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Math Help - Predicate Logic with quantifiers

  1. #1
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    Predicate Logic with quantifiers

    For each of the following:
    i. Write/expand each of the following predicates using disjunctions, conjunctions, and negations.
    ii. Determine the truth value of the following statements.

    Given:
    P(x,y): x < y^3
    Q(x,y): x –1 > y^2
    R(x,y,z): x + y^3 > z

    Universe of discourse for variable x is N (natural numbers)
    Universe of discourse for variable y is Z+ (positive integers)
    Universe of discourse for variable z is R+ (positive real numbers)


    a. \forall x \exists y   P(x,y)




    b. \exists y \forall x   P(x,y)




    c. \forall y \forall x   Q(x,y)




    d. \exists y \exists x   Q(x,y)



    I understand the problem except that in the discrete book the problems always give a set of particular numbers to use the conjunctions, disjunctions, and negations on.
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  2. #2
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    This problem is also confusing me, can anyone shed some light on at least how to expand one of them?
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  3. #3
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    Quote Originally Posted by inferno View Post
    This problem is also confusing me, can anyone shed some light on at least how to expand one of them?
    1. For each natural number x there exists a positive integer y such that x is less than y cubed.

    i.e. x = 1, y = 2 (1 < 8)
    x = 2, y = 2 (2 < 8)
    x = 3, y = 2 (3 < 8)
    ...
    x = 8, y = 3 (8 < 27)
    ....

    I think that works.....
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  4. #4
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    Sorry, you wanted it expanded using conjunctions, disjunctions etc.
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  5. #5
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    I do believe I'm in your class

    Here's what I'm going to do. Since the universe of discourse is infinite, it is impossible to exhaustively write/expand the predicates. I chose to write the first few in the sequence, then use ellipses to infer the existence of the rest.

    If you have any other ideas, let me know
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  6. #6
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    Quote Originally Posted by gbenga View Post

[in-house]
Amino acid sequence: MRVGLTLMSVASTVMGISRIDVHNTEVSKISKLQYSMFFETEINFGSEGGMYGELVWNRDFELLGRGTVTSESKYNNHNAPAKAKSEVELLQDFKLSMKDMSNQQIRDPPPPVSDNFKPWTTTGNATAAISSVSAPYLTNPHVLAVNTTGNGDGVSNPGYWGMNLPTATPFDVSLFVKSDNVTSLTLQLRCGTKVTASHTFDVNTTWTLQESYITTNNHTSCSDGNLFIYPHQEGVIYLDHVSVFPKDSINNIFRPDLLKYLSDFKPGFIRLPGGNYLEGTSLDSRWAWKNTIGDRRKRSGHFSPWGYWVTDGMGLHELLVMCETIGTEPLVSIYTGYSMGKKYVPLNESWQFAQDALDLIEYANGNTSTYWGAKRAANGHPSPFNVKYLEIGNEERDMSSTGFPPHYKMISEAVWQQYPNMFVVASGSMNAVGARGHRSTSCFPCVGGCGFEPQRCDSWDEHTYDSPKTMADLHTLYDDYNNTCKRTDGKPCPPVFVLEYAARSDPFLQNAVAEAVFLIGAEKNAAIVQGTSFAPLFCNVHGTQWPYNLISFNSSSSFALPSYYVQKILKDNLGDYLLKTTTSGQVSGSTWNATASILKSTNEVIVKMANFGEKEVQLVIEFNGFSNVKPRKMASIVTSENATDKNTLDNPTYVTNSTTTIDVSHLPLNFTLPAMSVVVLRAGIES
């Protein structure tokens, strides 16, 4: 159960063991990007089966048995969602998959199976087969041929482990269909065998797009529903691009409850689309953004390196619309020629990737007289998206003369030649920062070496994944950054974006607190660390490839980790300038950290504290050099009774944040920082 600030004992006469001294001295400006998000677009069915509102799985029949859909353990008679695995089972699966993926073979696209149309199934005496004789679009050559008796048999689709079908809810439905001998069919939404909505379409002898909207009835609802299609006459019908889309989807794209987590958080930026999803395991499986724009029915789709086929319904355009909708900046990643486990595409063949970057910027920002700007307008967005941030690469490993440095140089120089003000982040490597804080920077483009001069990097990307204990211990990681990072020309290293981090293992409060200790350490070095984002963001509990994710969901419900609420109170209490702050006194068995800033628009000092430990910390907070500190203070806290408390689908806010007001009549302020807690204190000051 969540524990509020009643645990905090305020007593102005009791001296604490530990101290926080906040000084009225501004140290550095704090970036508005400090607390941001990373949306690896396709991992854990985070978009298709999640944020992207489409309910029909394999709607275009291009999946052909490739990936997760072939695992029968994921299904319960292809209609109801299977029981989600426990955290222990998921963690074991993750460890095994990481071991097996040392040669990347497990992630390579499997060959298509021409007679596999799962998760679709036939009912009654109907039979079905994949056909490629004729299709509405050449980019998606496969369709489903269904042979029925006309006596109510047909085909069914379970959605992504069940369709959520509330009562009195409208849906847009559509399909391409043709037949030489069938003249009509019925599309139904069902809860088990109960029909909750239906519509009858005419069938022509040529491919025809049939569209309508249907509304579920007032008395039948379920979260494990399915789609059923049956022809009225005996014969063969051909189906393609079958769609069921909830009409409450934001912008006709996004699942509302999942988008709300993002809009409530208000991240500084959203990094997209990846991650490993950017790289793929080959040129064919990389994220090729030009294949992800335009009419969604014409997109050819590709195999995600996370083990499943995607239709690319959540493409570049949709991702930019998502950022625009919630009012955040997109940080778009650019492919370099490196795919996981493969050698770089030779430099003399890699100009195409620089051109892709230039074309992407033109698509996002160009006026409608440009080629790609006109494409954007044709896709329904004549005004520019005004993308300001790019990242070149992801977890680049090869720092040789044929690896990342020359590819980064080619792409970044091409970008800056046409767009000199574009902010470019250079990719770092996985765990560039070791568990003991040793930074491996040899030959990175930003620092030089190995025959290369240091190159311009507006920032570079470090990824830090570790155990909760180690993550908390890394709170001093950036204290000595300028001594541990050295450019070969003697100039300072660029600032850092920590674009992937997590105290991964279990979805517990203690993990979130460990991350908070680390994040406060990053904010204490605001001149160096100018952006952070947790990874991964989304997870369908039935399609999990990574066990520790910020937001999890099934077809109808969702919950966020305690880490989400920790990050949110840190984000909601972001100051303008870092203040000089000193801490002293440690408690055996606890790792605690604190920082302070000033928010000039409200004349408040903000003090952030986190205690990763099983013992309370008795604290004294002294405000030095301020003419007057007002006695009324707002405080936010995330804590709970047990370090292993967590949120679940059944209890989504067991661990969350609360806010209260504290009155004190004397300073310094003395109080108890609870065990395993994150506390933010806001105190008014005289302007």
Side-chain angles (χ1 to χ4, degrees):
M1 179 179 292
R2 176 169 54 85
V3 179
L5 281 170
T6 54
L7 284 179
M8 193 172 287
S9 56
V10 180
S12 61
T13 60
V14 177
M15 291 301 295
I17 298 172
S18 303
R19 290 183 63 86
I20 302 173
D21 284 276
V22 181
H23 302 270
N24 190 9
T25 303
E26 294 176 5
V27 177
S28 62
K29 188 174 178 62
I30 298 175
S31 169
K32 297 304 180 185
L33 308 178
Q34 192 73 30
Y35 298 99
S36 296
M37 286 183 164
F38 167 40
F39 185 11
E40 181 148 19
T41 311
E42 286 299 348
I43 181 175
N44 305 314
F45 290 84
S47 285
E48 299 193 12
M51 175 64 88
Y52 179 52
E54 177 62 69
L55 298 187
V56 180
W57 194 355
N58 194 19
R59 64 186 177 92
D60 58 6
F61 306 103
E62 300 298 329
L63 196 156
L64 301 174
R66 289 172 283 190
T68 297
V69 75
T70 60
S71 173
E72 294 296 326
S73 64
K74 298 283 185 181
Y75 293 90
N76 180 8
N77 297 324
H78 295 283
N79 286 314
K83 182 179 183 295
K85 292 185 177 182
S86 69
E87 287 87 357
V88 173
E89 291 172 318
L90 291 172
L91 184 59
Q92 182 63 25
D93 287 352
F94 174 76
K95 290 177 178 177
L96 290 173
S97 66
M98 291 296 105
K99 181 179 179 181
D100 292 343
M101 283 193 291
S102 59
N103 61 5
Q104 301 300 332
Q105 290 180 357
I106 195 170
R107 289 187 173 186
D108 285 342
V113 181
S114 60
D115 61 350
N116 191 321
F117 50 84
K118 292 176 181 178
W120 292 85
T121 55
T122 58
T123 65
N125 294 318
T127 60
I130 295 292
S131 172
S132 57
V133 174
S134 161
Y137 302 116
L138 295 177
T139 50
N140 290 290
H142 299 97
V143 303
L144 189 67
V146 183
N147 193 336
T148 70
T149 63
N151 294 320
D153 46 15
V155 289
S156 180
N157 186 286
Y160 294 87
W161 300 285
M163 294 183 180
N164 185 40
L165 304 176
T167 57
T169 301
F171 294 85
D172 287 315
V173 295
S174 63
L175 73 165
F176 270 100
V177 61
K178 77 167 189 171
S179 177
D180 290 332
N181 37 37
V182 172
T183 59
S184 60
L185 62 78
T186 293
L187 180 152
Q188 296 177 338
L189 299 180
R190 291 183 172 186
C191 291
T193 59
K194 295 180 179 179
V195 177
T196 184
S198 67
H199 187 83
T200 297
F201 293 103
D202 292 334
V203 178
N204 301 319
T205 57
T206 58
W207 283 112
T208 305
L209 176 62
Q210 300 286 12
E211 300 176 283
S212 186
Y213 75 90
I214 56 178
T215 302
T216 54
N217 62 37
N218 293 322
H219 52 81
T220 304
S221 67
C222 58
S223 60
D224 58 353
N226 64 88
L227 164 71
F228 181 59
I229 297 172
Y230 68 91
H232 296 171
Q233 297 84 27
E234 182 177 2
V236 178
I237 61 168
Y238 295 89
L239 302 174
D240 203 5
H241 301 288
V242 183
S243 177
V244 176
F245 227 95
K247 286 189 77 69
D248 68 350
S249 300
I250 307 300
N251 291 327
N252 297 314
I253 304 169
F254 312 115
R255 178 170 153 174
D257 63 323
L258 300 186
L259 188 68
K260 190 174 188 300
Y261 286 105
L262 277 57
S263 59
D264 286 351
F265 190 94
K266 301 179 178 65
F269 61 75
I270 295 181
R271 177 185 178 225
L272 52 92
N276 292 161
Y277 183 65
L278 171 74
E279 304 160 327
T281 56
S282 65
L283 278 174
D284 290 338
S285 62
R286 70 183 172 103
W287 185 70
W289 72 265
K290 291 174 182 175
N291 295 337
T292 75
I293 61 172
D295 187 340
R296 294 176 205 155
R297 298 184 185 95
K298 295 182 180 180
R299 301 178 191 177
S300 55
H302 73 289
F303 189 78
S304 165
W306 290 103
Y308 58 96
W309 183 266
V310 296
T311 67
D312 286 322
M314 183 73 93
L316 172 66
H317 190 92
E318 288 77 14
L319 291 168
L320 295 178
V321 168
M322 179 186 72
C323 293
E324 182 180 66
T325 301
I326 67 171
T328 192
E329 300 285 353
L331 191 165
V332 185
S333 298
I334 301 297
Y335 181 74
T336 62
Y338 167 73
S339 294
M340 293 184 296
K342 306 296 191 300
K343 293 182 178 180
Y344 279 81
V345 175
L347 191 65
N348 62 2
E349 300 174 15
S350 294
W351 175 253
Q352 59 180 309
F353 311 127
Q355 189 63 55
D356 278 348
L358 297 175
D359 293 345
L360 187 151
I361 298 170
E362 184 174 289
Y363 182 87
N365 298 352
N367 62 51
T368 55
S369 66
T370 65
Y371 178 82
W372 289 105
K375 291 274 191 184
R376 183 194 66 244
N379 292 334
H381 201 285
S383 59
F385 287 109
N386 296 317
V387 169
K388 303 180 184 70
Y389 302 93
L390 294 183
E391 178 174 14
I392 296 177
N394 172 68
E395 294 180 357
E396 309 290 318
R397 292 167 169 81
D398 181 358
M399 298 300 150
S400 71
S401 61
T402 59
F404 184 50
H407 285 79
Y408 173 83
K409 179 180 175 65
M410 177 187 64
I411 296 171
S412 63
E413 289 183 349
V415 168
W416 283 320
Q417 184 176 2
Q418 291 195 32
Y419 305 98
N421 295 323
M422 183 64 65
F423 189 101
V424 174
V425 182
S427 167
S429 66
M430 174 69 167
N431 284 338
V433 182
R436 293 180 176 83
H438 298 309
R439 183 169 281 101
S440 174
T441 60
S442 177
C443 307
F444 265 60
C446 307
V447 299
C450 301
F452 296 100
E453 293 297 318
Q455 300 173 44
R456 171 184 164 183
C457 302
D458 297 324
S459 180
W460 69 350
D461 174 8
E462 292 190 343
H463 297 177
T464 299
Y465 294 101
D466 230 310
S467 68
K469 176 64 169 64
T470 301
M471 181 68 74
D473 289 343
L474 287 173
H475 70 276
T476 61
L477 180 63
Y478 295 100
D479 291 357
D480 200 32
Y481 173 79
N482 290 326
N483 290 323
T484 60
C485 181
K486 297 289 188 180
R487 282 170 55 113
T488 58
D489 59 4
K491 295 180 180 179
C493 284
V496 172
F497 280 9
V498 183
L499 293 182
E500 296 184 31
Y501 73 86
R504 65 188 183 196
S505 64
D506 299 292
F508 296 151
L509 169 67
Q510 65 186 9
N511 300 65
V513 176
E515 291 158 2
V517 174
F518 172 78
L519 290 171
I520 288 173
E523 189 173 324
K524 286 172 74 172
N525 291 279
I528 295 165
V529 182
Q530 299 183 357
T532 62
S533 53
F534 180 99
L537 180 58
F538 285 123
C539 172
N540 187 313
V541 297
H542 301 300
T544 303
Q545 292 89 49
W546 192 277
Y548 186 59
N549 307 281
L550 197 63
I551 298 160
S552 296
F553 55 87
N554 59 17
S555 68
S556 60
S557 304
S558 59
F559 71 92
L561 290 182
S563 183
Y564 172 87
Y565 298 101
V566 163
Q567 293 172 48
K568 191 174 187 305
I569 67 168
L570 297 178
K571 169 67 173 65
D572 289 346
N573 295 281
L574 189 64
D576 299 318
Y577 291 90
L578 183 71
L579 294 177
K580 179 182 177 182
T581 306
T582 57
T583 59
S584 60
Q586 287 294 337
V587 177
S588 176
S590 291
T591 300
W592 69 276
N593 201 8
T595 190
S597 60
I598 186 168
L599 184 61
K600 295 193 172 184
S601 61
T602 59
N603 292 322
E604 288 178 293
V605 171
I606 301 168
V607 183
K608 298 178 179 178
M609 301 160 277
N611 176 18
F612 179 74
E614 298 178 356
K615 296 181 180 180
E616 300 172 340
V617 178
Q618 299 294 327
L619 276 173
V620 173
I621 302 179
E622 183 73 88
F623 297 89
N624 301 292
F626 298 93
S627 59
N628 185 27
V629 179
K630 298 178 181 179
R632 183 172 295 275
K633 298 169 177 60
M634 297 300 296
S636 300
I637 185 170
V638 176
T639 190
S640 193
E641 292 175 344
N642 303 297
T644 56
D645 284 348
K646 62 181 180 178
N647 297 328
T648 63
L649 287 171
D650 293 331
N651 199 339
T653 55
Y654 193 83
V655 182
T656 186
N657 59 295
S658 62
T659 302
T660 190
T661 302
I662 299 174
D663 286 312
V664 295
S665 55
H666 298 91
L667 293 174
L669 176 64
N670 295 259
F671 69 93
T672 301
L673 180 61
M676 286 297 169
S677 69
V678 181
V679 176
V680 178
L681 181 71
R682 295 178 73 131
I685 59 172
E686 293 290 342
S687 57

Here's what I'm going to do. Since the universe of discourse is infinite, it is impossible to exhaustively write/expand the predicates. I chose to write the first few in the sequence, then use ellipses to infer the existence of the rest.

    If you have any other ideas, let me know
    So, you'd go

    (1 < 2 ^ 3) & (2 < 2 ^3) & (3 < 2 ^ 3) & (4 < 2 ^ 3) & (5 < 2 ^ 3) & (6 < 2 ^ 3) & (7 < 2 ^ 3) & (8 < 3 ^3).....and so on for
    VxEy(x < y ^ 3) where x is a natural number and y is an integer greater than zero?

    & = conjunction, < = less than, ^ = power.

    I wish I knew how to formulate < and ^ in predicate logic instead of using mathematical symbols....

    I'm not in your class. I'm just an interested bystander.
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  7. #7
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    Same here

    Quote Originally Posted by gbenga View Post
    Here's what I'm going to do. Since the universe of discourse is infinite, it is impossible to exhaustively write/expand the predicates. I chose to write the first few in the sequence, then use ellipses to infer the existence of the rest.
    I was thinking the same.


    For the expansion, I was thinking more of something along the lines of

    (P(1,1) V P(1,2) V P(1,3) V …) ^ (P(2,1) V P(2,2) V P(2,3) V …) ^ (P(3,1) V P(3,2) V P(3,3) V …) ^ ...


    Quote Originally Posted by Skids View Post
    (1 < 2 ^ 3) & (2 < 2 ^3) & (3 < 2 ^ 3) & (4 < 2 ^ 3) & (5 < 2 ^ 3) & (6 < 2 ^ 3) & (7 < 2 ^ 3) & (8 < 3 ^3)...
    I would use this for part ii, to show how I arrived at the predicate being true.


    What do you guys think?
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  8. #8
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    That's exactly how I did mine, except in a matrix form:

    [P(0,1) v P(0,2) v P(0,3)] ^ ...
    [P(1,1) v P(1,2) v P(1,3)] ^ ...
    [P(2,1) v P(2,2) v P(2,3)] ^ ...
    .
    .
    .

    Remember that x's domain is natural numbers, and y's is positive integers (z is not bound, so I disregarded it).
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  9. #9
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    Quote Originally Posted by gbenga View Post
    That's exactly how I did mine, except in a matrix form:

    [P(0,1) v P(0,2) v P(0,3)] ^ ...
    [P(1,1) v P(1,2) v P(1,3)] ^ ...
    [P(2,1) v P(2,2) v P(2,3)] ^ ...
    .
    .
    .

    Remember that x's domain is natural numbers, and y's is positive integers (z is not bound, so I disregarded it).
    That makes sense. I was thinking the natural numbers start from 1, and was wondering why distinguish positive integers from natural numbers if they amount to the same thing.
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  10. #10
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    Quote Originally Posted by gbenga View Post
    Remember that x's domain is natural numbers, and y's is positive integers (z is not bound, so I disregarded it).

    I wasn't sure whether to include 0 as a natural number. I looked it up and most sites said that it isn't included.
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